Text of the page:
Six Bioengineering undergraduates from the University of Illinois at Urbana-Champaign won First Place in the 2014 Coulter College competition, a nationwide contest to connect young innovators, bioengineering faculty, and clinical collaborators to develop translational solutions to clinical issues.
Illinois' winning team developed a device to detangle intravenous tubing and help prevent misconnections. The group includes seniors Amelia Johnson, Asha Kirchhoff, Mallika Modak, Stephanie Slania, Divya Tankasala, and Ravi Chandra Yada. They traveled to Coral Gables, Fla. in mid-August to compete against 18 other teams from U.S. universities and earned a cash award for their First Place effort. After the competition, the aspiring Bioengineers created a funding proposal to advance their goal of patenting and commercializing the technology they developed.
Award-winning UI team - Back row, left to right: Divya Tankasala, Amelia Johnson, Mallika Modak, Asha Kirchhoff, and Stephania Slania; Front row, left to right: Ravi Yada, Jenny Amos, and Dr. John Vozenilek.
Faculty sponsor Jenny Amos of the Department of Bioengineering at Illinois led the team. She is director of undergraduate programs, a senior lecturer and instructor of the senior design course in which the six students are enrolled. Dr. John Vozenilek, Chief Medical Officer, Jump Trading Simulation & Education Center, Peoria, Ill., participated as the clinical collaborator required by the competition. He consulted with the students, answered their questions, and helped identify clinical needs they could address during the event.
"There are wonderful ideas to be had when you combine clinicians and engineers – winning ideas that have the potential to save lives," Vozenilek said.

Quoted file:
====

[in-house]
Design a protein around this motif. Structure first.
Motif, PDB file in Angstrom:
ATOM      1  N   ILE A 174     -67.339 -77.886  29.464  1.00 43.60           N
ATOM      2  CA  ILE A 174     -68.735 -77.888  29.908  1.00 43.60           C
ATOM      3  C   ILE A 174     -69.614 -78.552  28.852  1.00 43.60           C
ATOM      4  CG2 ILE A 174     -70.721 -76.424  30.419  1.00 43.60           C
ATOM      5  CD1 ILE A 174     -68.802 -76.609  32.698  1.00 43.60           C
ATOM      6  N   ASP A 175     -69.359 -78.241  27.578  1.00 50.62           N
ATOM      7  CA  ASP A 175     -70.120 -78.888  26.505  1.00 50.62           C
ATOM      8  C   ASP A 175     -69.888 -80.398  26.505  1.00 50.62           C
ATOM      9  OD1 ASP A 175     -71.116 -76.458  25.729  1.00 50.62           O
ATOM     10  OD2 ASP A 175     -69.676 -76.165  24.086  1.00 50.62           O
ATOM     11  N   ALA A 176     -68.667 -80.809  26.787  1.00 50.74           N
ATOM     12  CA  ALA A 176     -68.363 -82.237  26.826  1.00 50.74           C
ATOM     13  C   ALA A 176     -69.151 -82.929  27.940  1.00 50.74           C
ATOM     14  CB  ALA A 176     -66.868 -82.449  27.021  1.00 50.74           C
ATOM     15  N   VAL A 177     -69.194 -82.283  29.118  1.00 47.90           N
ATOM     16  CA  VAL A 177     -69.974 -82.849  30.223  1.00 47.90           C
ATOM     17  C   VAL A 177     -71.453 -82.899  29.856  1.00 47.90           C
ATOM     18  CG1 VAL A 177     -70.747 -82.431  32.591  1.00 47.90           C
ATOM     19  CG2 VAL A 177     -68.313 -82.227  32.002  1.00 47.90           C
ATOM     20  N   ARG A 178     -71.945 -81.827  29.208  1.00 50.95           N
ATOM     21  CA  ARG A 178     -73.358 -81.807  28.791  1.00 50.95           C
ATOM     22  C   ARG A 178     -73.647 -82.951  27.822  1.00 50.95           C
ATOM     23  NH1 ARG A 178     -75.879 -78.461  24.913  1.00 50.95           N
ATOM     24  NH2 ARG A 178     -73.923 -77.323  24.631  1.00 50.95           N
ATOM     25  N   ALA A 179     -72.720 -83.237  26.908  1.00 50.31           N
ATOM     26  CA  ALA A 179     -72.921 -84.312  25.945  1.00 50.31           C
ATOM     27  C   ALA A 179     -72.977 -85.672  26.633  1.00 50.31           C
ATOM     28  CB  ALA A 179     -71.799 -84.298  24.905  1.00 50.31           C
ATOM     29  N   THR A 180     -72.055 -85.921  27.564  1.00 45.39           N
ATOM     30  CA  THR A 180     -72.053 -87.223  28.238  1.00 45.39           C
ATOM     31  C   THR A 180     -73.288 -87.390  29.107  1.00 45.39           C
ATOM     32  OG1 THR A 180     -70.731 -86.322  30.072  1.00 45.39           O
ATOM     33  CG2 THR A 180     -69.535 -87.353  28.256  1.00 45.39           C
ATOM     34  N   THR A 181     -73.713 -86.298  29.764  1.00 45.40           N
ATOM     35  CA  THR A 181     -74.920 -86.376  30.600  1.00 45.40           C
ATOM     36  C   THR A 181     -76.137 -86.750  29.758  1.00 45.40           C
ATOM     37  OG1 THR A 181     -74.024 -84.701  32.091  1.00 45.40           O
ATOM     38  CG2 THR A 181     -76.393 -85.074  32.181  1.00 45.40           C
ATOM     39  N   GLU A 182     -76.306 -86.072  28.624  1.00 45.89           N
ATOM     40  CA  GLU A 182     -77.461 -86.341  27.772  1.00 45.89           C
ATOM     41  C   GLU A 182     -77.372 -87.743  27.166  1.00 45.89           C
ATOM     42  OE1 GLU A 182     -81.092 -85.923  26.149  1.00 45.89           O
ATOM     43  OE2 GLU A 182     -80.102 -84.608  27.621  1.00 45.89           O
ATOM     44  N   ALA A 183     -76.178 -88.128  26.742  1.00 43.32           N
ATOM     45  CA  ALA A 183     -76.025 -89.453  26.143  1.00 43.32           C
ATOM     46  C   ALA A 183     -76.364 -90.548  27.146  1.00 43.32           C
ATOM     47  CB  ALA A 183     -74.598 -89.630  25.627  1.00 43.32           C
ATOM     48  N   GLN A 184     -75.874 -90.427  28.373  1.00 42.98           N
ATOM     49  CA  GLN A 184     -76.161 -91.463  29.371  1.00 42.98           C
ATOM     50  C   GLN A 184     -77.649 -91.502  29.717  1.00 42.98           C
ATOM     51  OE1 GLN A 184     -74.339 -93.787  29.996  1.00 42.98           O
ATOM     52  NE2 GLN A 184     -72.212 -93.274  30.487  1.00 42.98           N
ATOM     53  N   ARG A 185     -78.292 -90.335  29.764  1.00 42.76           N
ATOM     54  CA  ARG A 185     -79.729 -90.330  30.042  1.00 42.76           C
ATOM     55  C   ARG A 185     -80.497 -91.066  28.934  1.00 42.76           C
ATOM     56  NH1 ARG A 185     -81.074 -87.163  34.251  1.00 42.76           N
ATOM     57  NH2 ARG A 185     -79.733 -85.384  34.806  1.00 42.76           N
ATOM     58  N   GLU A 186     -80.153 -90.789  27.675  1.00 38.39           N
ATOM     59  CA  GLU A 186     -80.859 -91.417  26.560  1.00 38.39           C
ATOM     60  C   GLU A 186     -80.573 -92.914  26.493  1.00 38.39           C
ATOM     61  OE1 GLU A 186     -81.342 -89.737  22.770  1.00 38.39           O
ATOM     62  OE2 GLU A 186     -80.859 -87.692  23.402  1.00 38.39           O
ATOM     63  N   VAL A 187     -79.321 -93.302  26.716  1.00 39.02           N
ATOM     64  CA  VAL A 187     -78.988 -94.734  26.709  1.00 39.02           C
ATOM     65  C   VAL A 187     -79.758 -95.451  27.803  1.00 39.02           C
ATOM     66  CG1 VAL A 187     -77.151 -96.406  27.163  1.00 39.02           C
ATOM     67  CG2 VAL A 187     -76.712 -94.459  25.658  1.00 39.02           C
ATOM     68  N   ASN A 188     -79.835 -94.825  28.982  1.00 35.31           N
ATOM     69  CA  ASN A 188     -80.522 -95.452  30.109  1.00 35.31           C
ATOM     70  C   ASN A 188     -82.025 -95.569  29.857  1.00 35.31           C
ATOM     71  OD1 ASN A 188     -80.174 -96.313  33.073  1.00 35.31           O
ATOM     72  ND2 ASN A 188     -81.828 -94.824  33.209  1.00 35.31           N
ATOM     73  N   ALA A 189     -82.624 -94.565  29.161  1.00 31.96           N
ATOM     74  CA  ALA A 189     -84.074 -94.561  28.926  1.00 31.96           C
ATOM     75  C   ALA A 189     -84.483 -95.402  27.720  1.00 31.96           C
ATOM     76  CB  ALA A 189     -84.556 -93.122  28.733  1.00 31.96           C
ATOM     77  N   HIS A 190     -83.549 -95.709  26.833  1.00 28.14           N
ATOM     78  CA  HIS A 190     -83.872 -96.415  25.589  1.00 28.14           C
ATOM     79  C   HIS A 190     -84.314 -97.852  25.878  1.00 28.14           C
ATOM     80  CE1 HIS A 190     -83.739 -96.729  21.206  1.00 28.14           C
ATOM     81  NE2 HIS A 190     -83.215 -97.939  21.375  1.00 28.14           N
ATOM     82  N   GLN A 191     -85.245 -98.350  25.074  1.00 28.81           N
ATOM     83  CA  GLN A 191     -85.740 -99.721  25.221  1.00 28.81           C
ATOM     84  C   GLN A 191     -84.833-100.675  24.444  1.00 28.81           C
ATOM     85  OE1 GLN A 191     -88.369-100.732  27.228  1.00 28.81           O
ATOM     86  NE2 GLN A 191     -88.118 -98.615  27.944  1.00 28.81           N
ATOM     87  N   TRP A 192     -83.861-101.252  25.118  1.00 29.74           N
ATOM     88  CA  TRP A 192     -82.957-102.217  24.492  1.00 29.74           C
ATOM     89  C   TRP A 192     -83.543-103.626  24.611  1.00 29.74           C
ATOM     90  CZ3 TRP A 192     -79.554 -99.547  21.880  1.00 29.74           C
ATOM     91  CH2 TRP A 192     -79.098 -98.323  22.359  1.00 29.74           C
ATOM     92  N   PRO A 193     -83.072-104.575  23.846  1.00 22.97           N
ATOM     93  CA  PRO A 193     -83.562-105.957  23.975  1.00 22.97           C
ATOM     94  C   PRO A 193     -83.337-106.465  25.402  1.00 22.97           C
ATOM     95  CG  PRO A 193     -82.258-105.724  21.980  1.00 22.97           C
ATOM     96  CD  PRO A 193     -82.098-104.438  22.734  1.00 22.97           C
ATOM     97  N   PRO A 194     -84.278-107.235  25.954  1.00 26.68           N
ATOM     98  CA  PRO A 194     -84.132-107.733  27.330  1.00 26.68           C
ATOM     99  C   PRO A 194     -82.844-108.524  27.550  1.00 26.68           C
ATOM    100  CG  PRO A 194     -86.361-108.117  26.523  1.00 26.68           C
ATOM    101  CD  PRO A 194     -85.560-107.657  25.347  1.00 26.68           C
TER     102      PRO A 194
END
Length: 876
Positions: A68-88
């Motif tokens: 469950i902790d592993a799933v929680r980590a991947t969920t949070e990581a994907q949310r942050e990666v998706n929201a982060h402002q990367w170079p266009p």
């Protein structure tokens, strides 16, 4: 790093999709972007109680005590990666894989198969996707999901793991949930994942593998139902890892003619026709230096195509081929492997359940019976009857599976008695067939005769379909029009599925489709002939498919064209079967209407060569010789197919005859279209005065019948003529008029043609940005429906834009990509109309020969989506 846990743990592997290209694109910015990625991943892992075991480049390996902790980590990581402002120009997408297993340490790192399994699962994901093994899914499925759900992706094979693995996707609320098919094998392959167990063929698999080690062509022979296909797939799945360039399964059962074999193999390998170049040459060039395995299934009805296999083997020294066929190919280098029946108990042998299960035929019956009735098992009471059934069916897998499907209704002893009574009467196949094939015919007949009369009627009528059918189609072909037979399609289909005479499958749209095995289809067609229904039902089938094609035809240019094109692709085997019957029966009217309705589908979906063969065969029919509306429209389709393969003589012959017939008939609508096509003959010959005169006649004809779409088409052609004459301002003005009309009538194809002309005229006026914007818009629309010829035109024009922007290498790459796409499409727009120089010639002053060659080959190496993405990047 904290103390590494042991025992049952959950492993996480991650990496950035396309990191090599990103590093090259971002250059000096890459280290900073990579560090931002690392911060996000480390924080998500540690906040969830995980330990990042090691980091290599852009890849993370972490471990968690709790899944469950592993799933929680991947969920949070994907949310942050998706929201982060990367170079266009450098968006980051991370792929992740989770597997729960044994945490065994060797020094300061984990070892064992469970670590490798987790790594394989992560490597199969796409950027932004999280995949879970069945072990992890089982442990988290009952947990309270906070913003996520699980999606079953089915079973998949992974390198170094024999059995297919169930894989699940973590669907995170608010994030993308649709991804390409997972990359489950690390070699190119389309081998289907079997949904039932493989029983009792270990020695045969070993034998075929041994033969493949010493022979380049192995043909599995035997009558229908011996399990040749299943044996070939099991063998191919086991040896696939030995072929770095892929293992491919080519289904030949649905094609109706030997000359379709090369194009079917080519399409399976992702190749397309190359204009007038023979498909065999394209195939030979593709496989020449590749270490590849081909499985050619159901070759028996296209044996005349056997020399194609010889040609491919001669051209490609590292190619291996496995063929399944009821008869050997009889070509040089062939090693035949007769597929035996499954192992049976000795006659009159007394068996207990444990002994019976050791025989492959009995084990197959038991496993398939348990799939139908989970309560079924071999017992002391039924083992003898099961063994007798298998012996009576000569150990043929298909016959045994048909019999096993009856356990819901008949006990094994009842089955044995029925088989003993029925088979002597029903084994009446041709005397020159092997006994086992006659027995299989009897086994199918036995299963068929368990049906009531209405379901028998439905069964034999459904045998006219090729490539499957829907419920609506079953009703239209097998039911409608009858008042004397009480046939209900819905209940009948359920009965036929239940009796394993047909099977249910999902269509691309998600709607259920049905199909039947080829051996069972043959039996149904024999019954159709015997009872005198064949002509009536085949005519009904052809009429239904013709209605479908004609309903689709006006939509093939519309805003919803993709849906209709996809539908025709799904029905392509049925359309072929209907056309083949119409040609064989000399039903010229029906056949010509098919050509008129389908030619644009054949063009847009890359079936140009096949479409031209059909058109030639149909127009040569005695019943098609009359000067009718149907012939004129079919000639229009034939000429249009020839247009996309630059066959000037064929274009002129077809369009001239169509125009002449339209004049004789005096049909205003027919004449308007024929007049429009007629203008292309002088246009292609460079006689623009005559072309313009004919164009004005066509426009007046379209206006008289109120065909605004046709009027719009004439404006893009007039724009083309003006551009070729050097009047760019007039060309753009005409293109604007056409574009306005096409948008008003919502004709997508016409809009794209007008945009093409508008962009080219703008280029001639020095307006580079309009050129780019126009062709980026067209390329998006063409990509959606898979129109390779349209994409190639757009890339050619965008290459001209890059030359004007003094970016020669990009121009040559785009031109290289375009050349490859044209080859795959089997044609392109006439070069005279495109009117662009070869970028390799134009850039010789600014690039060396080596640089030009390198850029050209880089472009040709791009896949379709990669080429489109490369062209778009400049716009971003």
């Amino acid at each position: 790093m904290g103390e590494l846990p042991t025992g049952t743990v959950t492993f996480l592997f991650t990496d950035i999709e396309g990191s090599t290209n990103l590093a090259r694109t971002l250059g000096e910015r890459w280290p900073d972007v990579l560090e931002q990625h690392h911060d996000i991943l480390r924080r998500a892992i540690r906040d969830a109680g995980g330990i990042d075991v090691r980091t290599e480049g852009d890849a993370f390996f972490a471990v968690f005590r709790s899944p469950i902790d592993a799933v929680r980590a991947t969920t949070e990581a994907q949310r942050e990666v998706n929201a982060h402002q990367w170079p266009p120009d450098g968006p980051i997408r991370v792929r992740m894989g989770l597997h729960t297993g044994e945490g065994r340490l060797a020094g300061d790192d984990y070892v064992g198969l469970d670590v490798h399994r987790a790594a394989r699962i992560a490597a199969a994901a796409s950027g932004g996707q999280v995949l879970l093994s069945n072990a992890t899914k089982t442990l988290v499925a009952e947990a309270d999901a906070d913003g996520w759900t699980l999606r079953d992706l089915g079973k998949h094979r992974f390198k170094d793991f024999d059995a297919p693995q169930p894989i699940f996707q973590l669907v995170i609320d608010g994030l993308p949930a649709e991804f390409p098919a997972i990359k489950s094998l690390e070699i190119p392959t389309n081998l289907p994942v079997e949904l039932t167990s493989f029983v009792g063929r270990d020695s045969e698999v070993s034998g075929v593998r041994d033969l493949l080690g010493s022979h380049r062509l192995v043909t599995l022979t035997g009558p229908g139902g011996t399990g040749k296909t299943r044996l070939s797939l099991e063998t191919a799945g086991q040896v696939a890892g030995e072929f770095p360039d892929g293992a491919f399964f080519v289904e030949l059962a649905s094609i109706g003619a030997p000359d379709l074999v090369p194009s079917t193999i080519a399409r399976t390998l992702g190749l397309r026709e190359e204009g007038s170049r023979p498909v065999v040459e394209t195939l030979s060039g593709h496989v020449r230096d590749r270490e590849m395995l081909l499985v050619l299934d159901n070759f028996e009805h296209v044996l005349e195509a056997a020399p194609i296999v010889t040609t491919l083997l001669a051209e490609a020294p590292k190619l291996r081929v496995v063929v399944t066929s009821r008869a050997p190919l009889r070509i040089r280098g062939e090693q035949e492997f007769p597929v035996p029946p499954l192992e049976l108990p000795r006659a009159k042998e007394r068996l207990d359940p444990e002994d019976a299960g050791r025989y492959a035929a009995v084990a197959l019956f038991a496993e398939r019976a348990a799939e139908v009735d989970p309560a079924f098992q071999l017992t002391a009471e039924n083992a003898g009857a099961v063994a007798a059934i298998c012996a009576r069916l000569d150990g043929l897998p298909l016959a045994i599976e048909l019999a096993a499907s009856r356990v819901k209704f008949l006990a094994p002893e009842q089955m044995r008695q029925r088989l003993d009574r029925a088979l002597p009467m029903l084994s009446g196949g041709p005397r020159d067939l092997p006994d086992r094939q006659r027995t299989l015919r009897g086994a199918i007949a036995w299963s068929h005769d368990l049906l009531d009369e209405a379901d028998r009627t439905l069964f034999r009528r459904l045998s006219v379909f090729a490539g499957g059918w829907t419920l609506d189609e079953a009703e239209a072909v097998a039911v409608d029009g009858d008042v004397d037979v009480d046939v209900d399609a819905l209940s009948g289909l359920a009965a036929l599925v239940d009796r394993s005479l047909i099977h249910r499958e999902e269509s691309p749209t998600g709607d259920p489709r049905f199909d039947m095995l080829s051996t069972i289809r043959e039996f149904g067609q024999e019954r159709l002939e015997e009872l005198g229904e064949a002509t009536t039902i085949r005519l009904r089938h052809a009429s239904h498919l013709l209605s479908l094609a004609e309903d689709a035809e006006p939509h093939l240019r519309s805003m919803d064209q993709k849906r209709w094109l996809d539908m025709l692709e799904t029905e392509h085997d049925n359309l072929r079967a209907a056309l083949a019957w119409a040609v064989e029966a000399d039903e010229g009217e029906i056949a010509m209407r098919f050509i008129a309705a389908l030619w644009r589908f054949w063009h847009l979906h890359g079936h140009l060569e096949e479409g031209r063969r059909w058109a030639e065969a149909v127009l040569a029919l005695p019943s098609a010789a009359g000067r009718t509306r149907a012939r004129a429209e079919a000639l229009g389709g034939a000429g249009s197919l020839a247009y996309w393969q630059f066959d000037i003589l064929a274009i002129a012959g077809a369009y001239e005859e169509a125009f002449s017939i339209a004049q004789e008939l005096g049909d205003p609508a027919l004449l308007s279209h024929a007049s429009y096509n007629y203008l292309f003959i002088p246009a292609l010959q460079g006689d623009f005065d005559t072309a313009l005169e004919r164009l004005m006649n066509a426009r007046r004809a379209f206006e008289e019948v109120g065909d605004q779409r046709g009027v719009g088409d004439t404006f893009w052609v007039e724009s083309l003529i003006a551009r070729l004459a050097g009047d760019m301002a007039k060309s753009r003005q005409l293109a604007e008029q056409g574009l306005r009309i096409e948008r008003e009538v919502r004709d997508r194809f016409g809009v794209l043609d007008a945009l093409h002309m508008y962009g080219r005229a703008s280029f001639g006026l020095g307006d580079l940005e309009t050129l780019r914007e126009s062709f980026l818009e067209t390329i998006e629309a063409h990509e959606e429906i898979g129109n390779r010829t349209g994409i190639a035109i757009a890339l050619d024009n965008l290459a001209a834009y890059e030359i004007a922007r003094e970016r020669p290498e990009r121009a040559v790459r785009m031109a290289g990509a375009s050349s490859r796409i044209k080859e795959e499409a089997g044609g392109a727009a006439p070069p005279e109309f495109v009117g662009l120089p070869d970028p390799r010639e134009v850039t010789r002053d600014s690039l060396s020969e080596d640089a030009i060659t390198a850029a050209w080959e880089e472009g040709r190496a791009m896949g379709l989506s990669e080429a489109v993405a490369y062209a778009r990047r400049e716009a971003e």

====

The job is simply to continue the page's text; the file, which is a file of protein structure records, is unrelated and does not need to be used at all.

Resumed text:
Coulter College is a three-day training program supported by the Wallace H. Coulter Foundation and developed in conjunction with the Biomedical Engineering Society. It is "designed to help (student design teams) better understand how innovations can meet clinical needs, while providing tools and approaches used to evolve identified problems into novel solutions," according to the Coulter website. The competition calls for a team of six students (who are seniors and have not previously competed) from the same university, their faculty sponsor, and a clinical collaborator.
For seven years, the "college" previously offered this training opportunity to faculty and researchers who were Early Career and Translational Research Award recipients of the Coulter Foundation. According to the Coulter website, "The curriculum provided participants with the tools required to accelerate the translation of biomedical innovations to the market place to improve patient care."
In 2012, the competition evolved to include a student division. Participating students receive a travel stipend and lodging during the event, and they are allowed to register for the BMES annual meeting at a significant discount.
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